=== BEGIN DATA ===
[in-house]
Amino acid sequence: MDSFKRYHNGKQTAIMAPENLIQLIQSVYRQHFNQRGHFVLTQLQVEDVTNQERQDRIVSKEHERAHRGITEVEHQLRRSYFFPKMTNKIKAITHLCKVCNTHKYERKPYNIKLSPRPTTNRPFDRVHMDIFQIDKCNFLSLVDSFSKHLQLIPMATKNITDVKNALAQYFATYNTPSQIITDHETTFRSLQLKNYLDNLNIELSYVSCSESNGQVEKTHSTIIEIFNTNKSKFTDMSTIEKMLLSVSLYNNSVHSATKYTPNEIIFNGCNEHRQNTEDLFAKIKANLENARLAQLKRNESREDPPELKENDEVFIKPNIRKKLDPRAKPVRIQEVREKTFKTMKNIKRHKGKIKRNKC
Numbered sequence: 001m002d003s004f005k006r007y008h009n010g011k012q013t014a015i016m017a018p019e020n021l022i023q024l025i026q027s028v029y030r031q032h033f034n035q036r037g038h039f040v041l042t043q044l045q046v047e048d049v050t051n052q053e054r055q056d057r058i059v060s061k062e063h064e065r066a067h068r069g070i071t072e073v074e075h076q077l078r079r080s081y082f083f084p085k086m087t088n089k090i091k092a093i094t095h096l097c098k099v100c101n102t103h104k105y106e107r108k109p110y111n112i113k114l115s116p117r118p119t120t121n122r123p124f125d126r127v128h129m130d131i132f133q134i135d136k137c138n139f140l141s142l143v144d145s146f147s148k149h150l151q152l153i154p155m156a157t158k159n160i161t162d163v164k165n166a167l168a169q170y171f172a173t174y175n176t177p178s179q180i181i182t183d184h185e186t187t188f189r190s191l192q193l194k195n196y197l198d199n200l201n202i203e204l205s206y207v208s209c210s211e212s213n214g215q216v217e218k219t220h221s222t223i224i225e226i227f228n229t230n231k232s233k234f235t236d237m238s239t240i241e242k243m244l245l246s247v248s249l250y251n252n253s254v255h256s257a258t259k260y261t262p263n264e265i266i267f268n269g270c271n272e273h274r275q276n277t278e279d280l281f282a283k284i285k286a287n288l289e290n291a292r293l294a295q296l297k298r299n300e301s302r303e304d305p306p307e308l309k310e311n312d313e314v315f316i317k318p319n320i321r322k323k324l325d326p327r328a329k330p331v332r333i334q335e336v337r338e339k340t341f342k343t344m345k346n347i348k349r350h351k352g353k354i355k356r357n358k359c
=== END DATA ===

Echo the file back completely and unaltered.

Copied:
[in-house]
Amino acid sequence: MDSFKRYHNGKQTAIMAPENLIQLIQSVYRQHFNQRGHFVLTQLQVEDVTNQERQDRIVSKEHERAHRGITEVEHQLRRSYFFPKMTNKIKAITHLCKVCNTHKYERKPYNIKLSPRPTTNRPFDRVHMDIFQIDKCNFLSLVDSFSKHLQLIPMATKNITDVKNALAQYFATYNTPSQIITDHETTFRSLQLKNYLDNLNIELSYVSCSESNGQVEKTHSTIIEIFNTNKSKFTDMSTIEKMLLSVSLYNNSVHSATKYTPNEIIFNGCNEHRQNTEDLFAKIKANLENARLAQLKRNESREDPPELKENDEVFIKPNIRKKLDPRAKPVRIQEVREKTFKTMKNIKRHKGKIKRNKC
Numbered sequence: 001m002d003s004f005k006r007y008h009n010g011k012q013t014a015i016m017a018p019e020n021l022i023q024l025i026q027s028v029y030r031q032h033f034n035q036r037g038h039f040v041l042t043q044l045q046v047e048d049v050t051n052q053e054r055q056d057r058i059v060s061k062e063h064e065r066a067h068r069g070i071t072e073v074e075h076q077l078r079r080s081y082f083f084p085k086m087t088n089k090i091k092a093i094t095h096l097c098k099v100c101n102t103h104k105y106e107r108k109p110y111n112i113k114l115s116p117r118p119t120t121n122r123p124f125d126r127v128h129m130d131i132f133q134i135d136k137c138n139f140l141s142l143v144d145s146f147s148k149h150l151q152l153i154p155m156a157t158k159n160i161t162d163v164k165n166a167l168a169q170y171f172a173t174y175n176t177p178s179q180i181i182t183d184h185e186t187t188f189r190s191l192q193l194k195n196y197l198d199n200l201n202i203e204l205s206y207v208s209c210s211e212s213n214g215q216v217e218k219t220h221s222t223i224i225e226i227f228n229t230n231k232s233k234f235t236d237m238s239t240i241e242k243m244l245l246s247v248s249l250y251n252n253s254v255h256s257a258t259k260y261t262p263n264e265i266i267f268n269g270c271n272e273h274r275q276n277t278e279d280l281f282a283k284i285k286a287n288l289e290n291a292r293l294a295q296l297k298r299n300e301s302r303e304d305p306p307e308l309k310e311n312d313e314v315f316i317k318p319n320i321r322k323k324l325d326p327r328a329k330p331v332r333i334q335e336v337r338e339k340t341f342k343t344m345k346n347i348k349r350h351k352g353k354i355k356r357n358k359c